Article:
When is The Trial of the Chicago 7's Netflix release date? Everything you need to know
The new Netflix crime drama stars Eddie Redmayne, Sacha Baron Cohen and Watchmen's Yahya Abdul-Mateen II.
Aaron Sorkin's latest drama is coming to Netflix in the very near future, and with a mammoth cast full of stars and some promising early reviews it's safe to say it's become a highly anticipated release.
The Trial of the Chicago 7 - which is also showing in select cinemas - centres on the events of a notorious trial from 1968, when seven counter-protestors at the Democratic National Convention were accused of conspiracy and inciting to riot.
And although the action takes place more than 50 years ago, there are some striking similarities to the political climate of today.
The Trial of the Chicago 7 cast pulled in to bring some of the real-life characters to the screen is quite something, with some of the stars including Eddie Redmayne, Sacha Baron Cohen, Joseph Gordon Levitt, Mark Rylance, Michael Keaton, Frank Langella, Succession's Jeremy Strong, and Watchman star Yahya Abdul-Mateen II.
Prior to the launch of the trailer, Netflix had already released several first-look images of the movie, with some of its major stars visible.
But when exactly will we see them all on screen? Here’s all we know so far.
When is The Trial of the Chicago 7's Netflix release date?
The Trial of the Chicago 7 will be released 16th October on Netflix.
It is also currently showing in select cinemas around the country, having been released on 2nd October.
The original plan had been for the movie to be released in cinemas by Paramount on 25th September 2020. However, due to the coronavirus pandemic, the release was postponed before the film was snapped up by Netflix in a deal reportedly worth $50m.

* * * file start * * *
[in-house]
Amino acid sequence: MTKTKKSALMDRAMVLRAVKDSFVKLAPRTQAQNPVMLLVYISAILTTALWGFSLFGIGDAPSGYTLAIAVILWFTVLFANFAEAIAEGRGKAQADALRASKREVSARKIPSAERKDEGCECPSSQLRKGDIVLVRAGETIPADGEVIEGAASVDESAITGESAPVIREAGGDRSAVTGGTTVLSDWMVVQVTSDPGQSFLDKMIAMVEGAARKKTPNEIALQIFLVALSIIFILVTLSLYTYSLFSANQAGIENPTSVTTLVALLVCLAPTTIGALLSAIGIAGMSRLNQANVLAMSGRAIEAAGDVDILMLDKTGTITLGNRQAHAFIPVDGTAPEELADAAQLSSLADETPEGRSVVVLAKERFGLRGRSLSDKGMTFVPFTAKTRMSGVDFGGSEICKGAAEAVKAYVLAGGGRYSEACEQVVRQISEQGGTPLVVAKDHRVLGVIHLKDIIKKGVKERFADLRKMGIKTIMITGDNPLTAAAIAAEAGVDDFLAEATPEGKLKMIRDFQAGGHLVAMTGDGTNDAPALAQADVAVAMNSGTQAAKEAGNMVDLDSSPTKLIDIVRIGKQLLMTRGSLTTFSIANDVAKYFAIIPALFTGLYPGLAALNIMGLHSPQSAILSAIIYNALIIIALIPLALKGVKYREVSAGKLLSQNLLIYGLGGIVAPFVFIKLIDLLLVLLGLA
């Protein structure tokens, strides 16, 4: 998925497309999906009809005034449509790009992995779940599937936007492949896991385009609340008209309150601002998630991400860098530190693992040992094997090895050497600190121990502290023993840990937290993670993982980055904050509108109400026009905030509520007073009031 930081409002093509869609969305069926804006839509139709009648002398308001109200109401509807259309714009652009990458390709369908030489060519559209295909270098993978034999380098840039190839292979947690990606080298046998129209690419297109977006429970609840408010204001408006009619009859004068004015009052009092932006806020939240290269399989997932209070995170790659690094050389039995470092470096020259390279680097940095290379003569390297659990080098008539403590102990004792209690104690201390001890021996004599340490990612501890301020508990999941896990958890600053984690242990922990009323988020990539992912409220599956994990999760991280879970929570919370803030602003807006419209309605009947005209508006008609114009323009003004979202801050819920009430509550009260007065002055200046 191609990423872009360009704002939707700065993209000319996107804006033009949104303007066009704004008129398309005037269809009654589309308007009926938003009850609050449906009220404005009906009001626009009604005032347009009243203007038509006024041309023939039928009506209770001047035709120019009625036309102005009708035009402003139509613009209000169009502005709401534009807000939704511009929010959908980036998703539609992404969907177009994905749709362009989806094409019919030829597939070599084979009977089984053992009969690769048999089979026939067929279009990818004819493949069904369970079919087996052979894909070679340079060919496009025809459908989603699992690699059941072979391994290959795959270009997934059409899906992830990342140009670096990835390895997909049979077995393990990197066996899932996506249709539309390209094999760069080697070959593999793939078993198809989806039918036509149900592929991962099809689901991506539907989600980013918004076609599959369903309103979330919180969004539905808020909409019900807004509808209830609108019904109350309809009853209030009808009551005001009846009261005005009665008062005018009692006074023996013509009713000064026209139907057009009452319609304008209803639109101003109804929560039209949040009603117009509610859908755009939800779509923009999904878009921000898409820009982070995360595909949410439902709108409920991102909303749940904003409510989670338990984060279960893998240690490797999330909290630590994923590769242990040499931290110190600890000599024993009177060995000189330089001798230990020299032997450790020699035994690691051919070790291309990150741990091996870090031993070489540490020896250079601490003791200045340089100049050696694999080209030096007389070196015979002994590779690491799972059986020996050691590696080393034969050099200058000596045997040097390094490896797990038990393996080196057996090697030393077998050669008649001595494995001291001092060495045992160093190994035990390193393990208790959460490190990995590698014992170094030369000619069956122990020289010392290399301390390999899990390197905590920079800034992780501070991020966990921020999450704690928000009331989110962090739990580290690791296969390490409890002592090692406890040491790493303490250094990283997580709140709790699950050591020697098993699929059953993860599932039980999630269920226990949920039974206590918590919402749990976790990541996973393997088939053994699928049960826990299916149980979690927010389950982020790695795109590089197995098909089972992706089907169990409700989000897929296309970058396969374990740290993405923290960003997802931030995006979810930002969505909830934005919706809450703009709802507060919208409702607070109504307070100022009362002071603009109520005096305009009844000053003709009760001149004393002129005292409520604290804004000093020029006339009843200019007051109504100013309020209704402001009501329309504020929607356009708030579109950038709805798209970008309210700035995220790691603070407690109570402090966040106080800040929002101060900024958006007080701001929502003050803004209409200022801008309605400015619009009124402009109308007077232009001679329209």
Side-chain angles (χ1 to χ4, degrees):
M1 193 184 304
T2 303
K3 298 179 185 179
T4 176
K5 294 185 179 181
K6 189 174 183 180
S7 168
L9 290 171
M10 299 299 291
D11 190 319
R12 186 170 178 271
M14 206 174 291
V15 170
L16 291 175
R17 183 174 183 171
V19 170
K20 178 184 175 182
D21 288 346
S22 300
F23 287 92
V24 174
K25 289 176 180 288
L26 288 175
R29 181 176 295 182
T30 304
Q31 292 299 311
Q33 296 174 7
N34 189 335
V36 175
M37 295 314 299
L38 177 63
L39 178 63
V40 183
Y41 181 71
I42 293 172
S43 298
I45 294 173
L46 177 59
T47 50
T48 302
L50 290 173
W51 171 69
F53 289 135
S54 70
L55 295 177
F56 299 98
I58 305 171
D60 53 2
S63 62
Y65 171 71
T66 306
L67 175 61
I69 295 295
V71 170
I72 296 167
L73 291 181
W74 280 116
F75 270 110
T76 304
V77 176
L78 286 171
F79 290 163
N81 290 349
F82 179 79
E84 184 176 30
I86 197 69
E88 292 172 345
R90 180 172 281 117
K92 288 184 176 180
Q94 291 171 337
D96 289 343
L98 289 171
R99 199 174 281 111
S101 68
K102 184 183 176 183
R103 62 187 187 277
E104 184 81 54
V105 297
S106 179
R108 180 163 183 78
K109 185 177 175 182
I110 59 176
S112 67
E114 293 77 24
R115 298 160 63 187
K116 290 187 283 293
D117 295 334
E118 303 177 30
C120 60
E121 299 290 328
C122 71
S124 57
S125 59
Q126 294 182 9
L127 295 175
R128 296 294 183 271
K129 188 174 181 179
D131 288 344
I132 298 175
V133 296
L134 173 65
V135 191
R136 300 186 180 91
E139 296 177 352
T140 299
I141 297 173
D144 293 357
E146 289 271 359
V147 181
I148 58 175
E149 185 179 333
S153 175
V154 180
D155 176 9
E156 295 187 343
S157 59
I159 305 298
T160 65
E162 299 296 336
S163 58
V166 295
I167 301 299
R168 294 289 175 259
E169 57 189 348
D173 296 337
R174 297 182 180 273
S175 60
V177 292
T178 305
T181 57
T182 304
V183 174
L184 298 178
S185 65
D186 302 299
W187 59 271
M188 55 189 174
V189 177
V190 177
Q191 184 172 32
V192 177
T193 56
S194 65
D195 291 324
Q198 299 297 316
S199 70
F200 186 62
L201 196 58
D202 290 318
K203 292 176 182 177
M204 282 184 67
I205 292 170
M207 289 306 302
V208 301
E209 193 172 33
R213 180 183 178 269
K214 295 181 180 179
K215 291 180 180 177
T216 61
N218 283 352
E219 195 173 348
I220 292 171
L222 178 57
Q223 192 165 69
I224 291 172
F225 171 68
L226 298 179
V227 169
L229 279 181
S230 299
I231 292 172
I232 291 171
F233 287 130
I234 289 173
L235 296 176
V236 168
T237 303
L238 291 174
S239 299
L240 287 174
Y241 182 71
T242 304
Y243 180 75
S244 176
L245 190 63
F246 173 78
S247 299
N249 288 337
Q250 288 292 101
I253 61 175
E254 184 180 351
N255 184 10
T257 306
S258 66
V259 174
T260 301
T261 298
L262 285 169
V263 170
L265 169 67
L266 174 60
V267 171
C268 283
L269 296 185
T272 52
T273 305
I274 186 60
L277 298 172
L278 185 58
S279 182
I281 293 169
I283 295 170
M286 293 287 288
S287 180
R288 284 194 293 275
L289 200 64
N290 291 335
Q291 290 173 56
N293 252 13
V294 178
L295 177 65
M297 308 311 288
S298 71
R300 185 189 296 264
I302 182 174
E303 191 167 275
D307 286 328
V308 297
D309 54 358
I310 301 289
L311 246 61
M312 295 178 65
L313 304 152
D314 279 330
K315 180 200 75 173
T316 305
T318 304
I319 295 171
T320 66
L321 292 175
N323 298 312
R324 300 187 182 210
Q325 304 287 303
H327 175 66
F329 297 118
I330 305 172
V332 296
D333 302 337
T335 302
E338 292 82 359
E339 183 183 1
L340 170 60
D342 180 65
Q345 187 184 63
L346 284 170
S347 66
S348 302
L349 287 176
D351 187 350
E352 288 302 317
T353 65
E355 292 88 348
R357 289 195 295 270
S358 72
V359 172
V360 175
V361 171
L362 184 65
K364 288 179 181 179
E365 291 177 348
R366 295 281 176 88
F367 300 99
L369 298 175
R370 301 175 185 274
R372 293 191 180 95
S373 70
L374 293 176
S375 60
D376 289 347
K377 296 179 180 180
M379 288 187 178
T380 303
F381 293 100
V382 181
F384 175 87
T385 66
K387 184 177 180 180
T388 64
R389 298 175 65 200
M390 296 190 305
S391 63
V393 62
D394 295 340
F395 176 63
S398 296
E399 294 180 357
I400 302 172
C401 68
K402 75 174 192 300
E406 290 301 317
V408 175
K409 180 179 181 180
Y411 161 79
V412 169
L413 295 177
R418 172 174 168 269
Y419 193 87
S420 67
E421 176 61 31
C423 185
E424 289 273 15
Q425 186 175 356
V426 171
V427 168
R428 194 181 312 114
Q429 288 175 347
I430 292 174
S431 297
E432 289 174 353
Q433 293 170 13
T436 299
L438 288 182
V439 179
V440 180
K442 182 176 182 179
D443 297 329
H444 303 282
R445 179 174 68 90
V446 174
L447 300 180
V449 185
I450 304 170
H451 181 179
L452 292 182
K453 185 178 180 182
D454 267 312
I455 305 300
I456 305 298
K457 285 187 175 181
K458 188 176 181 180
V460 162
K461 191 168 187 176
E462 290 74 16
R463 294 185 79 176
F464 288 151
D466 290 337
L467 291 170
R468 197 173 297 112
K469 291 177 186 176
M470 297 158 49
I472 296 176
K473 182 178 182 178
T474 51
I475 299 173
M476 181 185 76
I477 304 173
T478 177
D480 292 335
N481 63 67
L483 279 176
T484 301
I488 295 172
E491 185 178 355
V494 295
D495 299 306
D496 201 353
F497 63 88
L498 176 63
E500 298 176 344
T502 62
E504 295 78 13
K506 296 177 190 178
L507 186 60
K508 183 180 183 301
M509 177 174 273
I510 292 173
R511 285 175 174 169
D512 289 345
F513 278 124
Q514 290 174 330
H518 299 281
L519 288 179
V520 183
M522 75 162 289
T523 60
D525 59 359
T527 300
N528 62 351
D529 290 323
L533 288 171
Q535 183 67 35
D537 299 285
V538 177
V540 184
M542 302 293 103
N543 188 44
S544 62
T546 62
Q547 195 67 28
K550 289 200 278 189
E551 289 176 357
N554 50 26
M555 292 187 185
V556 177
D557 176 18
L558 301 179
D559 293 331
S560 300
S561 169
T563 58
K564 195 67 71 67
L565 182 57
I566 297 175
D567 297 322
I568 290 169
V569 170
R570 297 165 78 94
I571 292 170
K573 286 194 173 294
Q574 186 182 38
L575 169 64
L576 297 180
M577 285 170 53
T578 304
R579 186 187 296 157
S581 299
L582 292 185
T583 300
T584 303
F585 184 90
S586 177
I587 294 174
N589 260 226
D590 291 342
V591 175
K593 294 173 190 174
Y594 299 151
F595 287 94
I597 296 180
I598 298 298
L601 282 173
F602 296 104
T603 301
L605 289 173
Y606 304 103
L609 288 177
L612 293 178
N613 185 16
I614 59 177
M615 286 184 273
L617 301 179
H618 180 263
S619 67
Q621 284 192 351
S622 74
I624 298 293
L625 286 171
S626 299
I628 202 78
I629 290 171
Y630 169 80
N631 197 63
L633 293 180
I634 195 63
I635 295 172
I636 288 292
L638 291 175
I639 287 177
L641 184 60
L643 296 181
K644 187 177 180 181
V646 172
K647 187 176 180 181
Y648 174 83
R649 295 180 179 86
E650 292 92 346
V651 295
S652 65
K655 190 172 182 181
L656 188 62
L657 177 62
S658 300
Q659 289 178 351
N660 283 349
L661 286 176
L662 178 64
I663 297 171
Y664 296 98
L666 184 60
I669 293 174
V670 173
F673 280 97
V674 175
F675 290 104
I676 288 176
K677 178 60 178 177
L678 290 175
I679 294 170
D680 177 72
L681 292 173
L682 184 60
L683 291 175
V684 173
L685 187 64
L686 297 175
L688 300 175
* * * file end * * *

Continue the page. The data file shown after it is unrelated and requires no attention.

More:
Who is starring in The Trial of the Chicago 7?
The movie see many of Hollywood’s biggest stars portray the seven defendants. While Sacha Baron Cohen will play Abbie Hoffman (a leader of the ‘flower power’ movement), the film also features Eddie Redmayne (as Tom Hayden), Jeremy Strong (Jerry Rubin) and John Carroll Lynch (David Dellinger).
Upcoming US stars Noah Robbins also feature (as Lee Weiner), alongside Alex Sharp (Rennie Davis) and Daniel Flaherty (John Froines).
Watchmen actor Yahya Abdul-Mateen II also stars as Black Panther activist Bobby Seale. Michael Keaton, Mark Rylance and William Hurt also take roles.
Who were the Chicago 7?
The Chicago 7 were a group of defendants accused of conspiracy and inciting to riot – alongside other charges linked to the anti-Vietnam War and countercultural protests in 1968.
The demonstrations took place over five days during the Democratic National Convention in Chicago and involved over 15,000 people. Many arrests were made, with police using tear gas and batons on the crowds.
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The US National Commission on the Causes and Prevention of Violence would later declare the incident as a “police riot”.
The Trial of the Chicago 7 trailer
The first trailer for the film was released in September 2020, beginning with a shot from the court scene before flashing back to the events which saw the defendants put on trial - while a chorus of protesters repeatedly chant, "the whole world is watching".
We also get a first glimpse of many of the film's notable stars - including Sacha Baron Cohen and Joseph Gordon Levitt. You can watch the trailer in full below:
A second trailer was released in late September 2020, this time showing more of the trial in greater depth as well as Eddie Redmayne's thick American accent:
The Trial of the Chicago 7 reviews
As an Aaron Sorkin film with an incredible cast, there was no doubt The Trial of the Chicago 7 would be well received. The question was how good - and early reviews have not only heaped praise on the film, but noted how hauntingly relevant it is to the present.
Vanity Fair's Katey Rich noted that there are too many good performances to choose from.
Collider's Editor-in-chief Steven Weintraub even called it one of his favourite films of the year.
Variety's Jazz Tangcay said: "No one does courtroom drama better than Aaron Sorkin", while Slashfilm's Chris Evangelista described the film as "a major actor’s showcase, with everyone going for BIG, BIG moments, but Mark Rylance walks away with the whole movie."
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